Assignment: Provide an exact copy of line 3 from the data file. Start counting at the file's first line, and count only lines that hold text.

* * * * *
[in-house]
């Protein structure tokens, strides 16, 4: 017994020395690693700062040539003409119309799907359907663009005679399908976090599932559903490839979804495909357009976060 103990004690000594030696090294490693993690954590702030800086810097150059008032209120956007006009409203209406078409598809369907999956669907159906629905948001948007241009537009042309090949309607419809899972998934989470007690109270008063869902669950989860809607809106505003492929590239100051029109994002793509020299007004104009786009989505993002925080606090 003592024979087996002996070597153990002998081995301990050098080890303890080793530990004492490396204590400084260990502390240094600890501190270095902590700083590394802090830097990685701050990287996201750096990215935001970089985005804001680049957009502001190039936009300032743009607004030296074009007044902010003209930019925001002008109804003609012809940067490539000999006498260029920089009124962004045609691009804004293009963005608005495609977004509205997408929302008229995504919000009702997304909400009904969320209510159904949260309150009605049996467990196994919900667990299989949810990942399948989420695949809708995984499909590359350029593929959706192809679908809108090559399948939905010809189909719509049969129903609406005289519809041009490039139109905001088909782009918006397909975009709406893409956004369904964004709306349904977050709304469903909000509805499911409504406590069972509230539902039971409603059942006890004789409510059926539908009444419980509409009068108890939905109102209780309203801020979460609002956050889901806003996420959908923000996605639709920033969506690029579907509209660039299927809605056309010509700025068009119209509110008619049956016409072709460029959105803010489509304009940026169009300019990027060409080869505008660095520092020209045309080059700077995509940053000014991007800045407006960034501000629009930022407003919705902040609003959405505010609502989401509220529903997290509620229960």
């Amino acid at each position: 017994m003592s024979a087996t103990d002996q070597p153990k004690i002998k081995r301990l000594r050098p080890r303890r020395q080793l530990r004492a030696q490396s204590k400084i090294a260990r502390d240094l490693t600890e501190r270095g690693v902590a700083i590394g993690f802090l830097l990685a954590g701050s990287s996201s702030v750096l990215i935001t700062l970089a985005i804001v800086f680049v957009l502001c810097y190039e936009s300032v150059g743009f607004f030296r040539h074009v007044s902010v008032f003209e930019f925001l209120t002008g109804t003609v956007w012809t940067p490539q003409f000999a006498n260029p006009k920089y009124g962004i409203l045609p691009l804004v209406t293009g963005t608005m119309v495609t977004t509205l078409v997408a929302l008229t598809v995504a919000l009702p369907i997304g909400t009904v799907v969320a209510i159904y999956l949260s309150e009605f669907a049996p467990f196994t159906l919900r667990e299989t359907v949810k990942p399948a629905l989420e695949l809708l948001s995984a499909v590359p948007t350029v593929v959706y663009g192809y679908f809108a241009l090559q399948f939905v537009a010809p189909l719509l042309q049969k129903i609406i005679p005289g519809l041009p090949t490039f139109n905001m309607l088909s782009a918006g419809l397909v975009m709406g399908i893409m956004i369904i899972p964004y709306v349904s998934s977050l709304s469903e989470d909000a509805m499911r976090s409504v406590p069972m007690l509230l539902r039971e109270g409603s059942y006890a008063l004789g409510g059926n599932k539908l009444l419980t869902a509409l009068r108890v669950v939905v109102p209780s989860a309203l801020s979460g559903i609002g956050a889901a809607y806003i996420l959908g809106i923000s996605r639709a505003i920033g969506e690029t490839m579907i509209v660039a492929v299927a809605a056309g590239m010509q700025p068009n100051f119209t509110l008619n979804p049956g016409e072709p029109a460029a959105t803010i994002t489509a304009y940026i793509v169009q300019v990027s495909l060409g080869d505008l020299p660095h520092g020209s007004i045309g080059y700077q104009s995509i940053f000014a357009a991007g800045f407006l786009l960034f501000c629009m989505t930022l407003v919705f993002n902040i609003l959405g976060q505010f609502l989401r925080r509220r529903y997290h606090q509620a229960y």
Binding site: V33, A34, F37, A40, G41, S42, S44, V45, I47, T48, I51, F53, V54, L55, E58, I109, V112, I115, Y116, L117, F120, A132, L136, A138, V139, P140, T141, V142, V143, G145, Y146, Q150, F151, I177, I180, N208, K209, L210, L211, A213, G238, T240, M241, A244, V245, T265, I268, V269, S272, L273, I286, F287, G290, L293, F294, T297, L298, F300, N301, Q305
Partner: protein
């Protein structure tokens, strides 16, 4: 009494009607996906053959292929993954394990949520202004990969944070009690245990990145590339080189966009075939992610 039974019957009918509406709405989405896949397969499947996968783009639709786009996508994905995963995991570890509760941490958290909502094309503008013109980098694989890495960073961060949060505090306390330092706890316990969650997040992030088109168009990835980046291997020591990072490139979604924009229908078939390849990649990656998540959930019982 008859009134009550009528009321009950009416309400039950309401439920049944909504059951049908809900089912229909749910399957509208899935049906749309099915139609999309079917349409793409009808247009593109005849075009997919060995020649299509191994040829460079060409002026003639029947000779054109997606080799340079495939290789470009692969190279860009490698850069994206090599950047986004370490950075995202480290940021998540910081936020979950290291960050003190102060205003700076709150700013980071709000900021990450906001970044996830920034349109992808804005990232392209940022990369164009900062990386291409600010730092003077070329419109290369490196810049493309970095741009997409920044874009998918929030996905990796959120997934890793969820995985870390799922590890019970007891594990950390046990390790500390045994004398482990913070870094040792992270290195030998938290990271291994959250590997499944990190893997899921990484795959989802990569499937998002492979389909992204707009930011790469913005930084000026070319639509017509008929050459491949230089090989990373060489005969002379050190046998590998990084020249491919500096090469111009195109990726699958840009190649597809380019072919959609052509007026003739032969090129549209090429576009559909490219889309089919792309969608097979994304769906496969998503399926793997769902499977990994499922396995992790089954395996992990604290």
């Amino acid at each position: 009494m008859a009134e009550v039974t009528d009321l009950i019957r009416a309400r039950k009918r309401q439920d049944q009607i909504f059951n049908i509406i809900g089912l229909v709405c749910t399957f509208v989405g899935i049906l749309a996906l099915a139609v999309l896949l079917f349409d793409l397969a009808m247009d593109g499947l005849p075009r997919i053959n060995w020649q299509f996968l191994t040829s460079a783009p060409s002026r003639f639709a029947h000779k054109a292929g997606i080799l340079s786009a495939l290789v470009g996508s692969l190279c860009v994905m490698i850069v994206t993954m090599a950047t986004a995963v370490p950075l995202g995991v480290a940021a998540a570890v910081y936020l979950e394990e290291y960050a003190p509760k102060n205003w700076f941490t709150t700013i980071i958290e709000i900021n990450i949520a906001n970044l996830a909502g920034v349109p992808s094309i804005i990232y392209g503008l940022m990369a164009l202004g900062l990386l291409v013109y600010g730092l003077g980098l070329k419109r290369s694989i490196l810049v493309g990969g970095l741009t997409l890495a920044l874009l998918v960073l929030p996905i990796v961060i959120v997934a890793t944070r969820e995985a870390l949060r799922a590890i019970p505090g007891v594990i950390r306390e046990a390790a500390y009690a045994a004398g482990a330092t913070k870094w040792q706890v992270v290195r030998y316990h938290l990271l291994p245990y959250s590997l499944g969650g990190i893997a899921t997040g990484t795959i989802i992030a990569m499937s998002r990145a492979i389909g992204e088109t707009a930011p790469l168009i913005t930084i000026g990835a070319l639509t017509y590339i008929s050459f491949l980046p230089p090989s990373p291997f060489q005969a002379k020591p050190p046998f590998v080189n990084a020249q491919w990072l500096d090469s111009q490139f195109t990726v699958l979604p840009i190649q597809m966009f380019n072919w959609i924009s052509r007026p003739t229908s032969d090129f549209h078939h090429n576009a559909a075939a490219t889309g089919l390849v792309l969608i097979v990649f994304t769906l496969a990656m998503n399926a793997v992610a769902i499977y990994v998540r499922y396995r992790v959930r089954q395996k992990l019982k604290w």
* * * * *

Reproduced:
């Amino acid at each position: 017994m003592s024979a087996t103990d002996q070597p153990k004690i002998k081995r301990l000594r050098p080890r303890r020395q080793l530990r004492a030696q490396s204590k400084i090294a260990r502390d240094l490693t600890e501190r270095g690693v902590a700083i590394g993690f802090l830097l990685a954590g701050s990287s996201s702030v750096l990215i935001t700062l970089a985005i804001v800086f680049v957009l502001c810097y190039e936009s300032v150059g743009f607004f030296r040539h074009v007044s902010v008032f003209e930019f925001l209120t002008g109804t003609v956007w012809t940067p490539q003409f000999a006498n260029p006009k920089y009124g962004i409203l045609p691009l804004v209406t293009g963005t608005m119309v495609t977004t509205l078409v997408a929302l008229t598809v995504a919000l009702p369907i997304g909400t009904v799907v969320a209510i159904y999956l949260s309150e009605f669907a049996p467990f196994t159906l919900r667990e299989t359907v949810k990942p399948a629905l989420e695949l809708l948001s995984a499909v590359p948007t350029v593929v959706y663009g192809y679908f809108a241009l090559q399948f939905v537009a010809p189909l719509l042309q049969k129903i609406i005679p005289g519809l041009p090949t490039f139109n905001m309607l088909s782009a918006g419809l397909v975009m709406g399908i893409m956004i369904i899972p964004y709306v349904s998934s977050l709304s469903e989470d909000a509805m499911r976090s409504v406590p069972m007690l509230l539902r039971e109270g409603s059942y006890a008063l004789g409510g059926n599932k539908l009444l419980t869902a509409l009068r108890v669950v939905v109102p209780s989860a309203l801020s979460g559903i609002g956050a889901a809607y806003i996420l959908g809106i923000s996605r639709a505003i920033g969506e690029t490839m579907i509209v660039a492929v299927a809605a056309g590239m010509q700025p068009n100051f119209t509110l008619n979804p049956g016409e072709p029109a460029a959105t803010i994002t489509a304009y940026i793509v169009q300019v990027s495909l060409g080869d505008l020299p660095h520092g020209s007004i045309g080059y700077q104009s995509i940053f000014a357009a991007g800045f407006l786009l960034f501000c629009m989505t930022l407003v919705f993002n902040i609003l959405g976060q505010f609502l989401r925080r509220r529903y997290h606090q509620a229960y």